In a split second Vagrant pulled the image if it was not cached already and started the container with the right configuration. Now open up a browser and visit http://localhost:8080 and there it is a clean Jenkins instance .You can look at the Jenkins data from the outside when you go to /data/jenkins
$ ls -la /data/jenkins frank@franktop:~/Desktop/jenkins$ ls -la /data/jenkins/ total 48 drwxr-xr-x 8 root root 4096 Jul 18 16:47 . drwxr-xr-x 3 root root 4096 Jul 18 15:56 .. -rw-r--r-- 1 root root 159 Jul 18 16:47 hudson.model.UpdateCenter.xml -rw------- 1 root root 1680 Jul 18 16:35 identity.key.enc drwxr-xr-x 2 root root 4096 Jul 18 15:56 jobs -rw-r--r-- 1 root root 907 Jul 18 16:47 nodeMonitors.xml drwxr-xr-x 19 root root 4096 Jul 18 16:35 plugins -rw-r--r-- 1 root root 64 Jul 18 15:56 secret.key -rw-r--r-- 1 root root 0 Jul 18 15:56 secret.key.not-so-secret drwx------ 2 root root 4096 Jul 18 16:35 secrets drwxr-xr-x 2 root root 4096 Jul 18 15:57 updates drwxr-xr-x 2 root root 4096 Jul 18 15:56 userContent drwxr-xr-x 9 root root 4096 Jul 18 16:35 war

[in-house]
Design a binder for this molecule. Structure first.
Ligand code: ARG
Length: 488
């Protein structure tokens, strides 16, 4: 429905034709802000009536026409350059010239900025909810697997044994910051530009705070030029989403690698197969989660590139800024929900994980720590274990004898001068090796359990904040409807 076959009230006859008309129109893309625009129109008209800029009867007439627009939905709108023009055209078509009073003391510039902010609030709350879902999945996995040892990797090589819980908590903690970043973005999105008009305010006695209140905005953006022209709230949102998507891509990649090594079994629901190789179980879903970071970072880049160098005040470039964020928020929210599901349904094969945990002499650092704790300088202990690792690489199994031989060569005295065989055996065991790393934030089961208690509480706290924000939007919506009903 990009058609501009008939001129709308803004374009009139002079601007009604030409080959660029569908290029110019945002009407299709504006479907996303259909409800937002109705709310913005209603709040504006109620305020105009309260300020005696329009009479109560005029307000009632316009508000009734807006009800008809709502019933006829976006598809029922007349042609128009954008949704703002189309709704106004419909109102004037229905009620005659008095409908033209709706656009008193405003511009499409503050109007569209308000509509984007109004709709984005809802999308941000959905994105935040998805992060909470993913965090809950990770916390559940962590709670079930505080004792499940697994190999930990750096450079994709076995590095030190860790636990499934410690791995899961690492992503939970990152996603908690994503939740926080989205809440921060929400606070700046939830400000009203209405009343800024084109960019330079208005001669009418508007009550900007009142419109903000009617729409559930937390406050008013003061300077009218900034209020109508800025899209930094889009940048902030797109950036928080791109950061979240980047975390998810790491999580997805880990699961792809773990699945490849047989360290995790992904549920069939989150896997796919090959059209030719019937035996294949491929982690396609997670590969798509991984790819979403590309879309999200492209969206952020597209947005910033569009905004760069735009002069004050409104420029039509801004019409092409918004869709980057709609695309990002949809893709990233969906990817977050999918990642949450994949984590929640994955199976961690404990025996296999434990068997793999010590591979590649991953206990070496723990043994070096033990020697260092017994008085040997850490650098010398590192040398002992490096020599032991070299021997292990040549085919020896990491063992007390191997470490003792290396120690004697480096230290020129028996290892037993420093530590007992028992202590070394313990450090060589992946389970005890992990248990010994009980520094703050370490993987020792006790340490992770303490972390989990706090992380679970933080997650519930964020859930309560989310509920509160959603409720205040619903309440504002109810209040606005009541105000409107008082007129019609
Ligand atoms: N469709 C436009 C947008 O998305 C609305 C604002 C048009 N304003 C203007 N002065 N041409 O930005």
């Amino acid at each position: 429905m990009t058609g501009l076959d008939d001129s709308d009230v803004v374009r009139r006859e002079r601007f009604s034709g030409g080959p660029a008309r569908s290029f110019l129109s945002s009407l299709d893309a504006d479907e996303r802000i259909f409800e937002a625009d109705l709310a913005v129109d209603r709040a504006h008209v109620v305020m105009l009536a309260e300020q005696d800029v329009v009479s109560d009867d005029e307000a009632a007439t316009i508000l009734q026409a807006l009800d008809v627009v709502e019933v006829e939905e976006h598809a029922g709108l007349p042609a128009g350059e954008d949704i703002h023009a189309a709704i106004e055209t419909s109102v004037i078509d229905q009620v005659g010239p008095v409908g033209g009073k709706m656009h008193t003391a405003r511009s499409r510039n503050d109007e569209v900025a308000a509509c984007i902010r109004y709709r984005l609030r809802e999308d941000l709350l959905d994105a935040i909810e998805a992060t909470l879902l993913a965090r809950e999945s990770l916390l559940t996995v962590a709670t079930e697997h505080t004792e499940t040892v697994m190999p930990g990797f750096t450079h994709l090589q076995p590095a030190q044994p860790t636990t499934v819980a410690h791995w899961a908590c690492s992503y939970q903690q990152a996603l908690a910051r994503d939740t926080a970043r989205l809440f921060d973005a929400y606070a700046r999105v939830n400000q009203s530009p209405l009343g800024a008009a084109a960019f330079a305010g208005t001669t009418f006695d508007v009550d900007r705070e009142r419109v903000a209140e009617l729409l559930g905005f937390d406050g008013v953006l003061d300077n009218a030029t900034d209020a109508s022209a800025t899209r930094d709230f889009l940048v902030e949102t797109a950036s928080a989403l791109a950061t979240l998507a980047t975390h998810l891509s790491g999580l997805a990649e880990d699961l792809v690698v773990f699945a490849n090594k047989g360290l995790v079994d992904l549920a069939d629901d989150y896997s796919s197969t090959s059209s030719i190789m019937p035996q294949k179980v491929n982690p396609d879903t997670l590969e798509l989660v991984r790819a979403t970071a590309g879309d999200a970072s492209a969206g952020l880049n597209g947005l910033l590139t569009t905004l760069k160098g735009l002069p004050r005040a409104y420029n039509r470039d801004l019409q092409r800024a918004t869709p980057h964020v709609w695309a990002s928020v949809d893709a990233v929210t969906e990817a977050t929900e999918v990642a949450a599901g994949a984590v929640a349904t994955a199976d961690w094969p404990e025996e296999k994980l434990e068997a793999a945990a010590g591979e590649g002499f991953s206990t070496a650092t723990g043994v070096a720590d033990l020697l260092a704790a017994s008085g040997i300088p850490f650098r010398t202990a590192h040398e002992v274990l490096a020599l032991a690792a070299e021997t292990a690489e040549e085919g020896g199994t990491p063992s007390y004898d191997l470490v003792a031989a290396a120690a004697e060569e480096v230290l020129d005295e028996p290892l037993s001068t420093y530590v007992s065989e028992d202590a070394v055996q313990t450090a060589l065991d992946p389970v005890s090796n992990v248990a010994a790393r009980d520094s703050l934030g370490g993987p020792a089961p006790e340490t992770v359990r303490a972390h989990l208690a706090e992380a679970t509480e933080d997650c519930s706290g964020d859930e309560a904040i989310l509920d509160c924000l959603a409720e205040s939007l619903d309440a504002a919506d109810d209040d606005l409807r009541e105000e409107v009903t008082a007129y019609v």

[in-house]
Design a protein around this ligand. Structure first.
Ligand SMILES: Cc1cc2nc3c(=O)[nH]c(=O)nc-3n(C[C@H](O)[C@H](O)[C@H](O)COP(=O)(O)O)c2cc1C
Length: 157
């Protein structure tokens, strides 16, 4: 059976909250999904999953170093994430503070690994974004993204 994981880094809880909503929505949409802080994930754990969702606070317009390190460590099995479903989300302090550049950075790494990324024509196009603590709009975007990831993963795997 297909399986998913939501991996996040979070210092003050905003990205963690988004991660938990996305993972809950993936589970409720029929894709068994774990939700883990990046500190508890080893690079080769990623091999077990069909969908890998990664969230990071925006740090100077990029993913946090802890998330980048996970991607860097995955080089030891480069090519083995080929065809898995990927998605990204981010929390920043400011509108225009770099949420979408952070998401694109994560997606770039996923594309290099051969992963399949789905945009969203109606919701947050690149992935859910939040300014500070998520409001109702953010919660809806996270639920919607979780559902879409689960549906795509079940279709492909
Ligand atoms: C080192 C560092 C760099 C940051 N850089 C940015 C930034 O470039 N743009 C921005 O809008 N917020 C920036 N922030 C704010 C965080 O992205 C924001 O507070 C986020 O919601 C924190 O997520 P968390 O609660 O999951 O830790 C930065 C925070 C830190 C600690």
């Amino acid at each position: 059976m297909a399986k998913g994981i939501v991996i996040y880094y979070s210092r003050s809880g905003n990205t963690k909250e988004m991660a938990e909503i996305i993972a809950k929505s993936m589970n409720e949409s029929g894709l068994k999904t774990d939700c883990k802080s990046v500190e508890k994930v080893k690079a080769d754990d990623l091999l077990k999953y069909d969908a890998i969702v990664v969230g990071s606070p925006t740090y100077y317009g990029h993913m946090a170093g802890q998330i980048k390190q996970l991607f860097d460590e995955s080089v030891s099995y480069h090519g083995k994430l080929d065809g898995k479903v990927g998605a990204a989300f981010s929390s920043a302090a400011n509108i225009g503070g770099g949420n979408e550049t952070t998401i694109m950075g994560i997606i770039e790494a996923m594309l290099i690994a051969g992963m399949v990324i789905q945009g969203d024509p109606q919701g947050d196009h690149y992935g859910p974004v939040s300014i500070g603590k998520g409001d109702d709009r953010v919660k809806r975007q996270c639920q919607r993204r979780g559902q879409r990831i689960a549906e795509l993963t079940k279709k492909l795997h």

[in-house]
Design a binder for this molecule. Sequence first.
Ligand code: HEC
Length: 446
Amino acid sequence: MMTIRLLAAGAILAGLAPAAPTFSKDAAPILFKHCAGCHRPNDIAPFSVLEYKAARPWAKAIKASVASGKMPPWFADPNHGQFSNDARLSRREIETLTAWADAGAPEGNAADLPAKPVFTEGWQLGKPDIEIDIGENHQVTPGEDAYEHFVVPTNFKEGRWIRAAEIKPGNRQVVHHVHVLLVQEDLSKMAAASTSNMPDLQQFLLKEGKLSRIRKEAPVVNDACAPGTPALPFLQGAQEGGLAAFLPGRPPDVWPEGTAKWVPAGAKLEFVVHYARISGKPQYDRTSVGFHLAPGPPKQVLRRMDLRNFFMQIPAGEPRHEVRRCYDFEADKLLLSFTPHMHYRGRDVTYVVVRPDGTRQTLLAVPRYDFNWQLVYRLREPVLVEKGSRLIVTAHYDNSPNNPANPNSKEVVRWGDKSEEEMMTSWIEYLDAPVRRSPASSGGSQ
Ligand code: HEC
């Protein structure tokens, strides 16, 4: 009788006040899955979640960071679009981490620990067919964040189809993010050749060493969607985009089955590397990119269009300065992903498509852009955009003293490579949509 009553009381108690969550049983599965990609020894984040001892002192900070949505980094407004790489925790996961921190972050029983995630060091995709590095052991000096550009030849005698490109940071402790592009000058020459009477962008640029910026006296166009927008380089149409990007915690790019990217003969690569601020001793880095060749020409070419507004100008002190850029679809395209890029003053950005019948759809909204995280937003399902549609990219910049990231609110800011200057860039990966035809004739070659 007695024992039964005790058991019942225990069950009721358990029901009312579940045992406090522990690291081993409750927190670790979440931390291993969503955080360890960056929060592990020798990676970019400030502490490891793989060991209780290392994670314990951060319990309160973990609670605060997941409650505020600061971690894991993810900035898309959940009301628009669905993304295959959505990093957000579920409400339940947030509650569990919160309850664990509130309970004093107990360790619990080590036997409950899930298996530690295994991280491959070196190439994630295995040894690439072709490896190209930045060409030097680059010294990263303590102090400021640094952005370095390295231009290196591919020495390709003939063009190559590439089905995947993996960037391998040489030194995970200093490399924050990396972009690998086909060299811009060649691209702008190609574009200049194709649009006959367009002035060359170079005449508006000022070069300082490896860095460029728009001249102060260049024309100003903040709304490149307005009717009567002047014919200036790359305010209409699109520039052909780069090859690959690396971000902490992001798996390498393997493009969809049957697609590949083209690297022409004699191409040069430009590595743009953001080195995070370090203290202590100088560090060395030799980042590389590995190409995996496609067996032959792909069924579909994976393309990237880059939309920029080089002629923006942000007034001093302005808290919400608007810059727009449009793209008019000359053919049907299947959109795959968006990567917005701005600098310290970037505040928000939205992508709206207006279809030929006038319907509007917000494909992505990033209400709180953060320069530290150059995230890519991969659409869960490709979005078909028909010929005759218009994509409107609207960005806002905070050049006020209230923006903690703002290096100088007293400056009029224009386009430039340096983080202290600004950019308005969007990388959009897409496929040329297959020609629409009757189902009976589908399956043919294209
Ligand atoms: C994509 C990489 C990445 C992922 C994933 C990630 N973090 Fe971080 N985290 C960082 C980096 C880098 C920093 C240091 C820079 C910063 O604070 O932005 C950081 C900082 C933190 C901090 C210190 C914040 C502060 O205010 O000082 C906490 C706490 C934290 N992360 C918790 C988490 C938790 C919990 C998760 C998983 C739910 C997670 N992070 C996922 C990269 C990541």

You can check the logs from the underlying process in the Docker container with the following command:
frank@franktop:~/Desktop/jenkins$ vagrant docker-logs ==> default: 2014-07-18 14:47:40,888 CRIT Supervisor running as root (no user in config file) ==> default: 2014-07-18 14:47:40,888 WARN Included extra file "/etc/supervisor/conf.d/jenkins.sv.conf" during parsing ==> default: 2014-07-18 14:47:40,890 INFO supervisord started with pid 7 ==> default: 2014-07-18 14:47:41,893 INFO spawned: 'jenkins' with pid 10 ==> default: 2014-07-18 14:47:43,341 INFO success: jenkins entered RUNNING state, process has stayed up for > than 1 seconds (startsecs)
Here you see the logs from the supervisor process that monitors the underlying Jenkins Java process. For more information on Supervisor, checkout Quinten’s blog on Supervisor and Docker.
Halt & Destroy
When you want to stop the container run vagrant halt. If you want to destroy it run vagrant destroy. This command destroys the container but the volume will still be around. You can recreate the container running vagrant up. Doing this with Docker cli is a bit more involved.
This concludes this blog on how to set up Vagrant with Docker.
Thanks for reading! 🙂 Feel free to leave a comment or ask a question.